# Why defining regular conditional probability?

Given probability space $(\Omega, \mathcal{F}, \mathbb{P})$, I can understand the definition of conditional expectation $\mathbb{E}[X\mid \mathcal{G}]$, where $\mathcal{G}$ is a sub $\sigma$-algebra of $\mathcal{F}$.

If we define $\mathbb{P}(A\mid\mathcal{G}) := \mathbb{E}[\mathbb{I}_A\mid\mathcal{G}]$, we get $\mathbb{P}(A\mid\mathcal{G})$ as a conditional probability.

So, why do we need to define regular conditional probability?

Can I explain the reason like this?

The conditional probability $\mathbb{P}(A\mid\mathcal{G})$ satisfies:

• $\mathbb{P}(\Omega\mid\mathcal{G})=1$ a.s.;
• $\mathbb{P}(A\mid\mathcal{G})\ge 0$ a.s.;
• $\mathbb{P}(\sum_n A_n\mid\mathcal{G}) = \sum_n \mathbb{P}(A_n\mid\mathcal{G})$ a.s. for non-intersecting sets $\{A_n: n\ge 1\}$.

Taking $\mathbb{P}(\omega, A)$ as a representative of $\mathbb{P}(A\mid\mathcal{G})$ (since it is an equivalence class of random variable), we hope that $\mathbb{P}(\omega, \cdot):\mathcal{F}\to\mathbb{R}$ is almost surly a probability measure. It easily satisfies $\mathbb{P}(\omega, \Omega)=1$ and $\mathbb{P}(\omega, A)\ge 0$ a.s., but has difficulty on countable-additivity.

To satisfy $\mathbb{P}(\omega, \sum_n A_n) = \sum_n\mathbb{P}(\omega, A_n)$ a.s., we must exclude a series of null sets $\{N_n: n\ge 1\}$; and for another series of $\{B_n: n\ge 1\}$, to satisfy $\mathbb{P}(\omega, \sum_n B_n) = \sum_n\mathbb{P}(\omega,B_n)$ a.s., we must exclude another series of null sets $\{M_n: n\ge 1\}$... Then totally we need to exclude a big set $$\left(\bigcup_{n=1}^\infty N_n\right) \cup \left(\bigcup_{n=1}^\infty M_n\right) \cup \cdots$$ which may no longer be a null set.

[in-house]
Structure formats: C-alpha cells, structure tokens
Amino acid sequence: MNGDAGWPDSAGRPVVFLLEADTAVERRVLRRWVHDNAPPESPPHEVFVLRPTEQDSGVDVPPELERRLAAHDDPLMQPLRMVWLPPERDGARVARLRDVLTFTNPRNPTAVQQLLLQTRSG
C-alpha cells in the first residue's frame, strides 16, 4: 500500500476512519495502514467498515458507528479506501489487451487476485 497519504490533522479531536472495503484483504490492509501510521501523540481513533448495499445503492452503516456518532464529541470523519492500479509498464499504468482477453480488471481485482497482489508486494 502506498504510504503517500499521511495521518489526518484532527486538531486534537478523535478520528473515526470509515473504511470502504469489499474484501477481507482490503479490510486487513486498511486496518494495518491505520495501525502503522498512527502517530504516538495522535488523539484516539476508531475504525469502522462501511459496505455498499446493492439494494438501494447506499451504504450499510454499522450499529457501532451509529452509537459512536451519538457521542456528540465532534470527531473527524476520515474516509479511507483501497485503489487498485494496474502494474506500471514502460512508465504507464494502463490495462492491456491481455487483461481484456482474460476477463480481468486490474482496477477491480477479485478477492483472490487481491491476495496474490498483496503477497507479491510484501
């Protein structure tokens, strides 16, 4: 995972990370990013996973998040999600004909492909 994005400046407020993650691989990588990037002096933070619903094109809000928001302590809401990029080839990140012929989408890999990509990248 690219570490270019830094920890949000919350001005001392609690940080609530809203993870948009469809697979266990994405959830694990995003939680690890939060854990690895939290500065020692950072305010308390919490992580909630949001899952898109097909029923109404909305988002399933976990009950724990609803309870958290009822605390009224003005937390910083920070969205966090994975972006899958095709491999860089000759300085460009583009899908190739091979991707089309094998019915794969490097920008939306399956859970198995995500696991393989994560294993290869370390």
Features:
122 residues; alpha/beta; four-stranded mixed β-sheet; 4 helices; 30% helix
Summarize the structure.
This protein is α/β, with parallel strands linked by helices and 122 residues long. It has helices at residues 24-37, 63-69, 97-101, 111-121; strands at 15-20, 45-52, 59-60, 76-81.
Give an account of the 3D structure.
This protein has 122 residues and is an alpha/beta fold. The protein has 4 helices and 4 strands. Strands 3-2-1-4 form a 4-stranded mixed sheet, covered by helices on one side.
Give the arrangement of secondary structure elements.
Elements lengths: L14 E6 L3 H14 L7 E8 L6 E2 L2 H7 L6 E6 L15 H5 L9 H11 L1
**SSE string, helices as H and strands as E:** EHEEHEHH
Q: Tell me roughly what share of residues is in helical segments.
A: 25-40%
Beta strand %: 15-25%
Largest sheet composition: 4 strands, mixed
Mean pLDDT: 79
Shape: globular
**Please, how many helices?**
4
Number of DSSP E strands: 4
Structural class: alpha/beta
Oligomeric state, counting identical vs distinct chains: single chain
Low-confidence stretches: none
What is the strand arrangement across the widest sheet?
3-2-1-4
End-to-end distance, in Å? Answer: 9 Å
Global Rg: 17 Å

To deal with this difficult, we introduce the concept of regular conditional probability $\mathbb{P}(\cdot, \cdot): \Omega\times\mathcal{G}\to[0,1]$, such that

• $\mathbb{P}(\omega,\cdot)$ is a probability measure on $\mathcal{G}$ for every $\omega\in\Omega$.
• $\mathbb{P}(\cdot,A)$ is a measurable function on $(\Omega,\mathcal{G})$ for every $A\in\mathcal{G}$, and $\mathbb{P}(\omega,A)=\mathbb{P}(A\mid\mathcal{G})$ a.s.

Since we can tolerance difference between $\mathbb{P}(\omega,A)$ and $\mathbb{P}(A\mid\mathcal{G})$ on null sets, we can just directly remove the "almost surly" suffix of $\mathbb{P}(\omega,\Omega)=1$ and $\mathbb{P}(\omega,A)\ge 0$.

• Roughly speaking, one knows that each map $\omega\mapsto P(A\mid\mathcal G)(\omega)$ is well behaved and one wants that (almost) every map $A\mapsto P(A\mid\mathcal G)(\omega)$ is well behaved. – Did Sep 3 '18 at 6:29